Suppose we have a function of two variables, f(x, y).
Such things are sometimes called scalar fields. (Scalar to indicate they are not vectors, and fields to indicate that there are two or more variables.)
We can choose a particular line in xy plane, (for example x = x0 + rcos, y = y0 + rsin) and consider the function of r (with everything else in it fixed): f(x0 + rcos, y0 + rsin).
is then called the directional derivative of f at (x0, y0)
in the direction in the xy plane having slope tan.
In other words we can, by picking out any particular line in the xy plane, reduce f to a function of a single value defined on that line and define the derivative of that one variable function with respect to distance on that line.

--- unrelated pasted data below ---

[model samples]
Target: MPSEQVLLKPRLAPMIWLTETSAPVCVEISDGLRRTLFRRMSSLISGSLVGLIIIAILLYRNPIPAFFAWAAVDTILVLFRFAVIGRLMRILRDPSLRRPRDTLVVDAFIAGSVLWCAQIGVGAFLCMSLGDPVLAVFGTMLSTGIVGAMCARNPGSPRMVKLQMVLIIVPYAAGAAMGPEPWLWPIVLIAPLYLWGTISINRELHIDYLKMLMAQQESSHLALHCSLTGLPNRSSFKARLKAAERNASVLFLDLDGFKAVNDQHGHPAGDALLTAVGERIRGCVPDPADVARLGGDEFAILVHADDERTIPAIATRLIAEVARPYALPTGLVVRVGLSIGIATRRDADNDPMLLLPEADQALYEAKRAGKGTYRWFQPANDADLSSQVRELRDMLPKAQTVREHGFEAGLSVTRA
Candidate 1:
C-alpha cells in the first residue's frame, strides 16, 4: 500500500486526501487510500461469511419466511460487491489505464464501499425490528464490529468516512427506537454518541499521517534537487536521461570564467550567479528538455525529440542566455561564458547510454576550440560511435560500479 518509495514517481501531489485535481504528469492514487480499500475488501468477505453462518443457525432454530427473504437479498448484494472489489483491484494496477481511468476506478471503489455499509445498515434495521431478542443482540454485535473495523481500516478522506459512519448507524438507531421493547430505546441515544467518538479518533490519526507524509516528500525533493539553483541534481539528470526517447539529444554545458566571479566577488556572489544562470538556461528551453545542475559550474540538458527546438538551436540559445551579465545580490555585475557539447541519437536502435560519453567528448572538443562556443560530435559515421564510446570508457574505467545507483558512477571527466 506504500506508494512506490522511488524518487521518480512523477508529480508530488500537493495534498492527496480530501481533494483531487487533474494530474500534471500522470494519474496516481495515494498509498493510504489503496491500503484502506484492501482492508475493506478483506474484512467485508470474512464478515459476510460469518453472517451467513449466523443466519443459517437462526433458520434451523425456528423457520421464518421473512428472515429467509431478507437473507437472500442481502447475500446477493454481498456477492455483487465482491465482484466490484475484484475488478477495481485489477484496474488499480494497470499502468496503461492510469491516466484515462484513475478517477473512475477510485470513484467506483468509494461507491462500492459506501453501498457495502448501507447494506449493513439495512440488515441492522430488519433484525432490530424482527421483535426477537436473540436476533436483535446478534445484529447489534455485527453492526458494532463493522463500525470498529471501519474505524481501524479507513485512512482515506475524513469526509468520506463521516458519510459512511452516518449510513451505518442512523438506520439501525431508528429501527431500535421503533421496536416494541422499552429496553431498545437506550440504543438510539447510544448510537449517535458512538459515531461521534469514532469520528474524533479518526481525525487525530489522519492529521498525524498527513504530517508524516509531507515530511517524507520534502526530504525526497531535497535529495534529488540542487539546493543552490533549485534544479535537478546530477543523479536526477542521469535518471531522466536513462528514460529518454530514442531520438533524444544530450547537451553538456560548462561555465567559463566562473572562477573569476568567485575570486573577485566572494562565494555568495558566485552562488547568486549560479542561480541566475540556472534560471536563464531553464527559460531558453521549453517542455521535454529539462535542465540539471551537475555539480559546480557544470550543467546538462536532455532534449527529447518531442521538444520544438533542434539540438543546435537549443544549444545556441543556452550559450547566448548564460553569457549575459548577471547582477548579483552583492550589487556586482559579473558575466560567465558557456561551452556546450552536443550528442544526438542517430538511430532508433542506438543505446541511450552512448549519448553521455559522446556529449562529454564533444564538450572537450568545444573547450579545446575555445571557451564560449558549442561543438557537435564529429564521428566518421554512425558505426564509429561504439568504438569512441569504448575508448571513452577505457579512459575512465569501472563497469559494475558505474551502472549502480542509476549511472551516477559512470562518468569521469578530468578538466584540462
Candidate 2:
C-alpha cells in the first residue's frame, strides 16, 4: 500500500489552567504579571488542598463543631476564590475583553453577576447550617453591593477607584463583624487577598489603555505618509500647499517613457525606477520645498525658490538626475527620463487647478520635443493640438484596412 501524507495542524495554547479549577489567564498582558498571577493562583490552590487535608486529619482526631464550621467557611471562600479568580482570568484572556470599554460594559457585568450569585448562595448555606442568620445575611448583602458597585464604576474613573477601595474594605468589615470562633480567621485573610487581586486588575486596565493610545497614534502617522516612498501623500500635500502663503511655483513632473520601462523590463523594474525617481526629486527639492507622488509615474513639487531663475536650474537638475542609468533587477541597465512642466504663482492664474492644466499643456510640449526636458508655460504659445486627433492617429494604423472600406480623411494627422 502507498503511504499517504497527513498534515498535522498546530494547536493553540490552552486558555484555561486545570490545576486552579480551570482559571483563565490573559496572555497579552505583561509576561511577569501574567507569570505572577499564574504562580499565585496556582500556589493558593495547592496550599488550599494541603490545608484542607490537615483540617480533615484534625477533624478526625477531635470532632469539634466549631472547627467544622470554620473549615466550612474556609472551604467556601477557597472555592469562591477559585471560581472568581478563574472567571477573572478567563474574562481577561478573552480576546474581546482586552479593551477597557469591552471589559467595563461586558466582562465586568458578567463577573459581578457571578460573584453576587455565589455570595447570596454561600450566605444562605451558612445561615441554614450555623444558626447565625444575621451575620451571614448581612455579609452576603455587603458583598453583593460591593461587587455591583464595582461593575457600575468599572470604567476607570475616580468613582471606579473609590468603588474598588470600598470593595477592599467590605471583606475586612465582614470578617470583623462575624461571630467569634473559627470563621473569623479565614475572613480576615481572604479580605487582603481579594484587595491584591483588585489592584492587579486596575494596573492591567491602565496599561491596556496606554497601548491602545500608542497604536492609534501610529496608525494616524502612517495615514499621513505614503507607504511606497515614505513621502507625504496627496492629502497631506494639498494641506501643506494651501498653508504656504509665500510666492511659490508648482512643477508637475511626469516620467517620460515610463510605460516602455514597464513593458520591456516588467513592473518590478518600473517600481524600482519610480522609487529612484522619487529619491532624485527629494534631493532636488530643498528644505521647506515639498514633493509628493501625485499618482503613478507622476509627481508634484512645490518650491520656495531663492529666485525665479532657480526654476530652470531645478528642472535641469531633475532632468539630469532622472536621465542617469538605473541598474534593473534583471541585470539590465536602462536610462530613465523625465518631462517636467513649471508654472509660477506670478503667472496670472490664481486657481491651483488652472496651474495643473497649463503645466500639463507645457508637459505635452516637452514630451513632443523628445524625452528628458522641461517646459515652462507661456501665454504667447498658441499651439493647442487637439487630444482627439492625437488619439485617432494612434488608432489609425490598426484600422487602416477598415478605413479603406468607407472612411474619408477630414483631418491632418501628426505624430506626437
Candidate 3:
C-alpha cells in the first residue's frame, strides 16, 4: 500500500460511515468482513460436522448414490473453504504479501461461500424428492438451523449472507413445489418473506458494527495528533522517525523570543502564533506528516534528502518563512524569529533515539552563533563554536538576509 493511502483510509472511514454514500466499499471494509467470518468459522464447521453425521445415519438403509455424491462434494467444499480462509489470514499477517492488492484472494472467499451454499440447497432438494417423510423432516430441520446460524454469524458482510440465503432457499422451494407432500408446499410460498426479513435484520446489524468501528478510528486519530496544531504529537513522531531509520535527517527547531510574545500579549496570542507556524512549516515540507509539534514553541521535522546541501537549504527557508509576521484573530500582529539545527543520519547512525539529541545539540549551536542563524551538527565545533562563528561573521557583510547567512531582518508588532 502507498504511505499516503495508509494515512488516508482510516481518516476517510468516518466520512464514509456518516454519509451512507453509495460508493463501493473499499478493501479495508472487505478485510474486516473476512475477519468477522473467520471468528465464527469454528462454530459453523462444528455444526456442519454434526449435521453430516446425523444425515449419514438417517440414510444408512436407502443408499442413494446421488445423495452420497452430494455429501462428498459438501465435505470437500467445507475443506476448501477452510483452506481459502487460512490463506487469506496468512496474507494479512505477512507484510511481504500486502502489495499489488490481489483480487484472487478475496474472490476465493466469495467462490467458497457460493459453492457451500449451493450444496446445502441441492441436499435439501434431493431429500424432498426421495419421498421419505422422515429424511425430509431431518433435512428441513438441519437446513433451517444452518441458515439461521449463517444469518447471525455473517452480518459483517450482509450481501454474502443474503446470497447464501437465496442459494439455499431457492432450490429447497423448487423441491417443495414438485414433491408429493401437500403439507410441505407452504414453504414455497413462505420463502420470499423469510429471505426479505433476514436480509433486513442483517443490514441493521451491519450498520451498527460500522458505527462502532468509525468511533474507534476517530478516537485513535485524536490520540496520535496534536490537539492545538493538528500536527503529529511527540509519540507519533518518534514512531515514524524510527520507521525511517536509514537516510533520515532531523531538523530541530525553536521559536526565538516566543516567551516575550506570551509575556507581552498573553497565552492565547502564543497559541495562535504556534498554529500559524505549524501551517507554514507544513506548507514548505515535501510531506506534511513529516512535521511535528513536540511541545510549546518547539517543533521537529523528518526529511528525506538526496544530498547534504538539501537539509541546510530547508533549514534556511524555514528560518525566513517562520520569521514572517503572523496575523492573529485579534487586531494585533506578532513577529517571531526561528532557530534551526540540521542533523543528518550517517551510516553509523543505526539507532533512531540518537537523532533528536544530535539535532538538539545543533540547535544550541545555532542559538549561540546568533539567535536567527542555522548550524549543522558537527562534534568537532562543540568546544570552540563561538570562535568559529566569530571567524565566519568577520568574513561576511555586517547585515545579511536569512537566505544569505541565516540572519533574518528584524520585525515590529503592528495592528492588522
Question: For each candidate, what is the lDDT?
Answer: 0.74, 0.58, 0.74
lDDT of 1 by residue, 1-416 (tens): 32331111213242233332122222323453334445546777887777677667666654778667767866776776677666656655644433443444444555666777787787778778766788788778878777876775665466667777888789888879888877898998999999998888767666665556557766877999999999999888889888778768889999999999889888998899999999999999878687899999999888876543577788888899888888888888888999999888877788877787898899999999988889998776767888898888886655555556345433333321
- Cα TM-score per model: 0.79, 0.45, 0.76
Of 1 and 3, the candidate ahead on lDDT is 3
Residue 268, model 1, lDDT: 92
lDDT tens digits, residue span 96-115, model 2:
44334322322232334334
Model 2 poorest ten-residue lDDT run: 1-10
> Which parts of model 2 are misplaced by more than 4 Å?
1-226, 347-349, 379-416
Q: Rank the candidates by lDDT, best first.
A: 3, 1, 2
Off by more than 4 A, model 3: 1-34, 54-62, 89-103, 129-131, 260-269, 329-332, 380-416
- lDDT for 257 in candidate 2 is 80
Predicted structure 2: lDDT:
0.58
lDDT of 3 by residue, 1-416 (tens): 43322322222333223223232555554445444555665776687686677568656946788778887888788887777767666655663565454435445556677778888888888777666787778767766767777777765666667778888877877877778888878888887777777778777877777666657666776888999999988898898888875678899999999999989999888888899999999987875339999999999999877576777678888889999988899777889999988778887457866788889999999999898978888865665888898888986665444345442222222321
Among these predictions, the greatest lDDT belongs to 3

This derivative is called the directional derivative of f in the direction of the line. (You may examine the directional derivatives of functions of two variables in the applet.)
The directional derivative in the direction of the x-axis is called the partial derivative of f with respect to x, and is written as
Similarly the directional derivative of f in the direction of the y-axis is called the partial derivative of f with respect to y, and is written as
These partial derivatives are computable exactly as ordinary one dimensional derivatives are. When computing the partial derivative with respect to x, you treat y as a constant, and differentiate with respect to x exactly as you do in one dimension.